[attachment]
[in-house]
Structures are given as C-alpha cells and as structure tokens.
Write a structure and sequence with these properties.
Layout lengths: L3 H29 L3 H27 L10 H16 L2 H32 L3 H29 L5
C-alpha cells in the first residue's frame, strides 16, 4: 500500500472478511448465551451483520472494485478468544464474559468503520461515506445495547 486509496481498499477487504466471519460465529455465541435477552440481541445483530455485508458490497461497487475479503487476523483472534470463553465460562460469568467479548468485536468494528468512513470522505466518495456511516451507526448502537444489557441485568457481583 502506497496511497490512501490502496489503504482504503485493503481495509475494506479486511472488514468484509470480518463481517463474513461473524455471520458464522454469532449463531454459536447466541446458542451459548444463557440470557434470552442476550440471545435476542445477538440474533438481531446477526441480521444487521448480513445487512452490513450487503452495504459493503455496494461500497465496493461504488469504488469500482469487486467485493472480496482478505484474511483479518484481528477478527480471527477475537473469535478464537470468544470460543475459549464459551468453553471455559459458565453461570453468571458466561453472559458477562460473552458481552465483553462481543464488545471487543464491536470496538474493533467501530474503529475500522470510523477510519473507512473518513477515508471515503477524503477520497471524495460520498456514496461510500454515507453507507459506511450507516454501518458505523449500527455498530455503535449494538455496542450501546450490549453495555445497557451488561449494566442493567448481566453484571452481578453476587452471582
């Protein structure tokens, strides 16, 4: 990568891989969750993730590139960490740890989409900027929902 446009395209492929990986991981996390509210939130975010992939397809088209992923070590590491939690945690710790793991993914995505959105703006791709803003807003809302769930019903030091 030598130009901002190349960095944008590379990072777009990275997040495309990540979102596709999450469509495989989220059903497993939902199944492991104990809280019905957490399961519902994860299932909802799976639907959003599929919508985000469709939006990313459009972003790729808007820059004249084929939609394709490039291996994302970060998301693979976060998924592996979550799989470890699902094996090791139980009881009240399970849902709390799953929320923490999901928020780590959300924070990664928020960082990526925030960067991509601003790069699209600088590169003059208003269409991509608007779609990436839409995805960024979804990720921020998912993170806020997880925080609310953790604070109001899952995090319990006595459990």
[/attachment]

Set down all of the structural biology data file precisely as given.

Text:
[in-house]
Structures are given as C-alpha cells and as structure tokens.
Write a structure and sequence with these properties.
Layout lengths: L3 H29 L3 H27 L10 H16 L2 H32 L3 H29 L5
C-alpha cells in the first residue's frame, strides 16, 4: 500500500472478511448465551451483520472494485478468544464474559468503520461515506445495547 486509496481498499477487504466471519460465529455465541435477552440481541445483530455485508458490497461497487475479503487476523483472534470463553465460562460469568467479548468485536468494528468512513470522505466518495456511516451507526448502537444489557441485568457481583 502506497496511497490512501490502496489503504482504503485493503481495509475494506479486511472488514468484509470480518463481517463474513461473524455471520458464522454469532449463531454459536447466541446458542451459548444463557440470557434470552442476550440471545435476542445477538440474533438481531446477526441480521444487521448480513445487512452490513450487503452495504459493503455496494461500497465496493461504488469504488469500482469487486467485493472480496482478505484474511483479518484481528477478527480471527477475537473469535478464537470468544470460543475459549464459551468453553471455559459458565453461570453468571458466561453472559458477562460473552458481552465483553462481543464488545471487543464491536470496538474493533467501530474503529475500522470510523477510519473507512473518513477515508471515503477524503477520497471524495460520498456514496461510500454515507453507507459506511450507516454501518458505523449500527455498530455503535449494538455496542450501546450490549453495555445497557451488561449494566442493567448481566453484571452481578453476587452471582
């Protein structure tokens, strides 16, 4: 990568891989969750993730590139960490740890989409900027929902 446009395209492929990986991981996390509210939130975010992939397809088209992923070590590491939690945690710790793991993914995505959105703006791709803003807003809302769930019903030091 030598130009901002190349960095944008590379990072777009990275997040495309990540979102596709999450469509495989989220059903497993939902199944492991104990809280019905957490399961519902994860299932909802799976639907959003599929919508985000469709939006990313459009972003790729808007820059004249084929939609394709490039291996994302970060998301693979976060998924592996979550799989470890699902094996090791139980009881009240399970849902709390799953929320923490999901928020780590959300924070990664928020960082990526925030960067991509601003790069699209600088590169003059208003269409991509608007779609990436839409995805960024979804990720921020998912993170806020997880925080609310953790604070109001899952995090319990006595459990």